Meanwhile, H.G. Wells' childlike Weena has become the more politically correct Mara (strikingly played by Irish singer Samantha Mumba), a brilliant linguist and self-sufficient head of household whose submission to the tyrant Morlocks now seems truly mysterious. And the Morlocks are now digitized monsters, ghastly pale killer apes leaping right up out of the earth and hopping around like hyperactive Hong Kong movie ghosts before retreating to their dank subterranean caverns. Instead of just eating the Eloi, this time they cage and mate with them, too. Their leader, the Uber-Morlock (Jeremy Irons), also has a fine grasp of the King's English - and, in fact, Iron's stylized, brainy villainy was the only performance that gave me honest pleasure.
By contrast, Pearce's Alexander behaves senselessly throughout. No sooner does he fail to save Emma than he gives up. No sooner does he discover that the Morlocks fear fire than he hurls his only torch at them and runs away.
Occasionally, he shows instantaneous genius, deducing that his time machine can be used like the bomb. But he seems incapable of imagining - or the film of resolving - the simplest time-travel paradox, such as the dangers of meeting yourself when you travel into your own past. This "Time Machine" is a sort of a visual Museum of Time Travel Movie Cliches, filched from the first "Time Machine" and from "Time Bandits," "Somewhere in Time" and "Time After Time." It's a movie that robs the story of its politics and point and never really matches the charm of the '60s film. Instead, it comes at us like "The Mummy," blazing away with sumptuous set pieces that stun the eye and numb the mind.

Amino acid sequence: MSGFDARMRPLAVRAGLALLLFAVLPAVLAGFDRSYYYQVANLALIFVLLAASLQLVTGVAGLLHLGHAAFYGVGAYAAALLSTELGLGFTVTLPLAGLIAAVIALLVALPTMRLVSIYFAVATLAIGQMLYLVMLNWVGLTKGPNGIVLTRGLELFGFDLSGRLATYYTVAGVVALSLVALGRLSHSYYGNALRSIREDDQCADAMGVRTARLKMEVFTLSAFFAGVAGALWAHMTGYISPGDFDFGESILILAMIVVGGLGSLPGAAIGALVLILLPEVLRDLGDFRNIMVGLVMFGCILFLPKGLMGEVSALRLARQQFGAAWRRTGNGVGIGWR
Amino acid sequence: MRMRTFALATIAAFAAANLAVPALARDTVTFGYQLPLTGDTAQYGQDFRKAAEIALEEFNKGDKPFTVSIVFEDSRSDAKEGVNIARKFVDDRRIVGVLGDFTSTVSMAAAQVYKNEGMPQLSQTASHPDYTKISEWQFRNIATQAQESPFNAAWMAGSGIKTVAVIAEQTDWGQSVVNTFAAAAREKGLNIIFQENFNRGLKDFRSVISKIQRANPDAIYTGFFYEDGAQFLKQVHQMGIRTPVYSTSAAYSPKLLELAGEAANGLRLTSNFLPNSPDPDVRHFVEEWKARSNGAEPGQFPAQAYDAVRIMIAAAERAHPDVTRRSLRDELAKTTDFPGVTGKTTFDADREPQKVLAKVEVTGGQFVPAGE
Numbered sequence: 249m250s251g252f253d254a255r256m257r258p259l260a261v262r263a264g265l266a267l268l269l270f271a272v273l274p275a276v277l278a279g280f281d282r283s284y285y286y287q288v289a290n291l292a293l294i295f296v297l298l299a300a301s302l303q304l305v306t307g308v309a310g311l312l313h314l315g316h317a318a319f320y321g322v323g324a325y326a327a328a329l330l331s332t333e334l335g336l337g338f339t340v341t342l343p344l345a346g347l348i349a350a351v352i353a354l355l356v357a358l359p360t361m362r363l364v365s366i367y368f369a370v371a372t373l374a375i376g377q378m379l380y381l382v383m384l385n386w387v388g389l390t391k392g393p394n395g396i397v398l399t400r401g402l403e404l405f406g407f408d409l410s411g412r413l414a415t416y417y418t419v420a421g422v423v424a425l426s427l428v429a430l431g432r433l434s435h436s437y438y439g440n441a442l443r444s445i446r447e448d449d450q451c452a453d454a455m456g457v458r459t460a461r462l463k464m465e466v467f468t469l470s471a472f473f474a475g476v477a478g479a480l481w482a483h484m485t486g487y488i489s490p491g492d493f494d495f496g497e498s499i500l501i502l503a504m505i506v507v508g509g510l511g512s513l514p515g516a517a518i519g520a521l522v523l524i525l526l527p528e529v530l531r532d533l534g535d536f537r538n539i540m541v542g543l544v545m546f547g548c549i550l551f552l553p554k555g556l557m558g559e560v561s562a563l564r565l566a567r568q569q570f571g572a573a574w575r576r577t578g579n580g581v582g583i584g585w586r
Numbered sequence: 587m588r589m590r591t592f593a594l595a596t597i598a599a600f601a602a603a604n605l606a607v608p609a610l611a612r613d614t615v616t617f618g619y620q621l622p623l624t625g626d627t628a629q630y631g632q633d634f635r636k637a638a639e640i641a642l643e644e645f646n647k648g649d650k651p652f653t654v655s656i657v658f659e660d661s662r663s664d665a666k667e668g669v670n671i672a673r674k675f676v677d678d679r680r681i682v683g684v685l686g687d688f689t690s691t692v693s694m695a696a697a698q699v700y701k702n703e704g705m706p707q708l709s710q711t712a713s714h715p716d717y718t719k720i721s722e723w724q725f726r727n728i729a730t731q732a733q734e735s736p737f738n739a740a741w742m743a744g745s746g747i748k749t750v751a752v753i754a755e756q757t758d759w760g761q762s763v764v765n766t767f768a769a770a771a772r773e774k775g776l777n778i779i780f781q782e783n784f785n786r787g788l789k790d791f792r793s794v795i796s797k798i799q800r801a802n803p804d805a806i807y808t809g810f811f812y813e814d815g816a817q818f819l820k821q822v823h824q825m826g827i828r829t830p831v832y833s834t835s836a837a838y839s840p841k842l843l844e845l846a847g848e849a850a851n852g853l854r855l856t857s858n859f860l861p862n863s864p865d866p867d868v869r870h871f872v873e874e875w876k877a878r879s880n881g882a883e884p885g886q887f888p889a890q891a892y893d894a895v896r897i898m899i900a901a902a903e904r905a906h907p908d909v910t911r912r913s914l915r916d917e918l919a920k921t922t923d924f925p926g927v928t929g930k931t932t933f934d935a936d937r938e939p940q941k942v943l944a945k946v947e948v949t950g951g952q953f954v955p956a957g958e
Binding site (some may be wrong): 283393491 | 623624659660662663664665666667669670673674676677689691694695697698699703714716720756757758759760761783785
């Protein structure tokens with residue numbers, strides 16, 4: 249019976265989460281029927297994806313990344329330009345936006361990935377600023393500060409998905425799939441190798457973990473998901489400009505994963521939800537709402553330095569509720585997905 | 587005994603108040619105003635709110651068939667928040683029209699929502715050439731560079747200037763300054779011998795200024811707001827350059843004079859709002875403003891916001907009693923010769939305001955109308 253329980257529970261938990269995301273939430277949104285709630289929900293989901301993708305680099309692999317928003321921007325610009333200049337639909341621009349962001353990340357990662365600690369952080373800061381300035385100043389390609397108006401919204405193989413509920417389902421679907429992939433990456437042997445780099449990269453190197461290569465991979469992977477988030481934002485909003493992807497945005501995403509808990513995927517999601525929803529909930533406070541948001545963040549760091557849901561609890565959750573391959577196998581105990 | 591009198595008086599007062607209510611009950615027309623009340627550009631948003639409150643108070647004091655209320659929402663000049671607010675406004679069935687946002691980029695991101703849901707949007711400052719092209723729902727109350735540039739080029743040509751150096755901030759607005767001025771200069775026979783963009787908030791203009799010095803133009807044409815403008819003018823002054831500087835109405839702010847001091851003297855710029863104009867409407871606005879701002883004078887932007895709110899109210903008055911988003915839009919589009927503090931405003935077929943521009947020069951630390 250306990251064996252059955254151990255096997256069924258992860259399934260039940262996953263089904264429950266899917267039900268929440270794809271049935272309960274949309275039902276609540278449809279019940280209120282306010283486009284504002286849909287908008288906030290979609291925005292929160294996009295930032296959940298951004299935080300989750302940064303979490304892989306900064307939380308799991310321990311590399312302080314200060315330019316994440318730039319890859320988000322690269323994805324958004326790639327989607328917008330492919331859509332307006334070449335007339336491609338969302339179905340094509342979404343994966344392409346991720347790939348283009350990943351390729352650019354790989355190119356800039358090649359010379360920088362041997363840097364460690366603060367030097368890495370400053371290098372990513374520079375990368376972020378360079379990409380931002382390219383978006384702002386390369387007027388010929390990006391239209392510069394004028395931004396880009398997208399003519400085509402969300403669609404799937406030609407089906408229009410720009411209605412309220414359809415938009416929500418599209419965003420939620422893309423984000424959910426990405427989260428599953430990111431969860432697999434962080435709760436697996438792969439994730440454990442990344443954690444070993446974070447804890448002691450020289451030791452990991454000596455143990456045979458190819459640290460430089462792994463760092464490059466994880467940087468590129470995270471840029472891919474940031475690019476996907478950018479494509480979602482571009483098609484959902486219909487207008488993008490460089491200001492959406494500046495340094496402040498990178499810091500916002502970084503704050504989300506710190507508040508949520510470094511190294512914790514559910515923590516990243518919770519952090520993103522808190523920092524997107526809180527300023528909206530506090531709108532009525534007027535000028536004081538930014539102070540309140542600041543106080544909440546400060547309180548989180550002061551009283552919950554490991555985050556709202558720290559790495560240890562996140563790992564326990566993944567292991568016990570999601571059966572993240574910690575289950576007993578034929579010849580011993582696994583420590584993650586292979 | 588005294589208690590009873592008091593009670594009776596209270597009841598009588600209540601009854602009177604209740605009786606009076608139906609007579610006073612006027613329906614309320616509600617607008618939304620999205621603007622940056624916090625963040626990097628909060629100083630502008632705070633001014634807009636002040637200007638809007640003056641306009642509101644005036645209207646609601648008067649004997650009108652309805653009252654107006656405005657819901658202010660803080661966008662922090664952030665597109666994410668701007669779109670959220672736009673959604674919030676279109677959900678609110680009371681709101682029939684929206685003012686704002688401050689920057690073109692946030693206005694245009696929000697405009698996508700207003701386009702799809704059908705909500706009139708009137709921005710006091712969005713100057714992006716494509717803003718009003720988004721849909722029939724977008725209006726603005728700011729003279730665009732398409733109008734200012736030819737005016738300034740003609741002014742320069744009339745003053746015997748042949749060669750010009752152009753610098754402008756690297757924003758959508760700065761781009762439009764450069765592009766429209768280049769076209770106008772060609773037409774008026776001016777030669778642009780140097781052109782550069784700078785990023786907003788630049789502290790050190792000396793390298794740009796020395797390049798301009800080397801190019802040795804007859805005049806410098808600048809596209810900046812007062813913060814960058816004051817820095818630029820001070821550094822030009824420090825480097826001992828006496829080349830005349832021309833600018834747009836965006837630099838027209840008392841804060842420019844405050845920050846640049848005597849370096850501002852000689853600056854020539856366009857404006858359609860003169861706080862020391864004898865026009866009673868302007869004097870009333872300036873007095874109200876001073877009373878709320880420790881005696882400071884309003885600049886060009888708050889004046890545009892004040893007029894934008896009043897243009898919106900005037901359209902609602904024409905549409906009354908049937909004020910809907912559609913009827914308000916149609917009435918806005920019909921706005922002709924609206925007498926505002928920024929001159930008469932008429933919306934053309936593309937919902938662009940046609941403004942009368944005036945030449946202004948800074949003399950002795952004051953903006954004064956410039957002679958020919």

The movie was shot in two styles by two directors. S. Wells succumbed to nervous exhaustion with 18 shooting days left and was replaced by the uncredited Gore Verbinski ("The Mexican"). But that isn't really the problem. This "Time Machine" seems to have been composed by a writer (John Logan of "Gladiator") who has lost all sense of what time might bring and what it wouldn't. I started out pretty much in the film's corner, enjoying the DreamWorks panache and clever visual coups, like the long track-out pulling back from Manhattan and Earth during one rapid time-lapse change. But the jettisoning of H.G. Wells' social vision - and even of George Pal's - is disastrous.
H.G.'s message was: Don't be victimized by the industrial revolution. Pal's message was: Don't let the nuclear arms race destroy Earth. The message of this movie seems to be: Don't mess with the moon, and don't sleep with Morlocks. But perhaps this movie's real moral is this: Don't mess with the favorite movies of your youth, even if you have $80 million and 800,000 years to play with. That's not progress, and I'm sure H.G. Wells would agree.
"The Time Machine"
Directed by Simon Wells; written by John Logan, based on the novel by H.G. Wells and the screenplay by David Duncan; photographed by Donald McAlpine; edited by Wayne Wahrman; production designed by Oliver Scholl; music by Klaus Badelt; produced by Walter F. Parkes, David Valdes. A DreamWorks Pictures/Warner Bros. Pictures release; opens Friday, March 8. Running time: 1:36. MPAA rating: PG-13 (action violence).
Alexander Hartdegen - Guy Pearce
Mara - Samantha Mumba
Uber-Morlock - Jeremy Irons
Vox - Orlando Jones
David Philby - Mark Addy
Emma - Sienna Guillory
Mrs. Watchit - Phyllida Law Florist - Alan Young
Michael Wilmington is the Chicago Tribune movie critic.Copyright © 2015, Los Angeles Times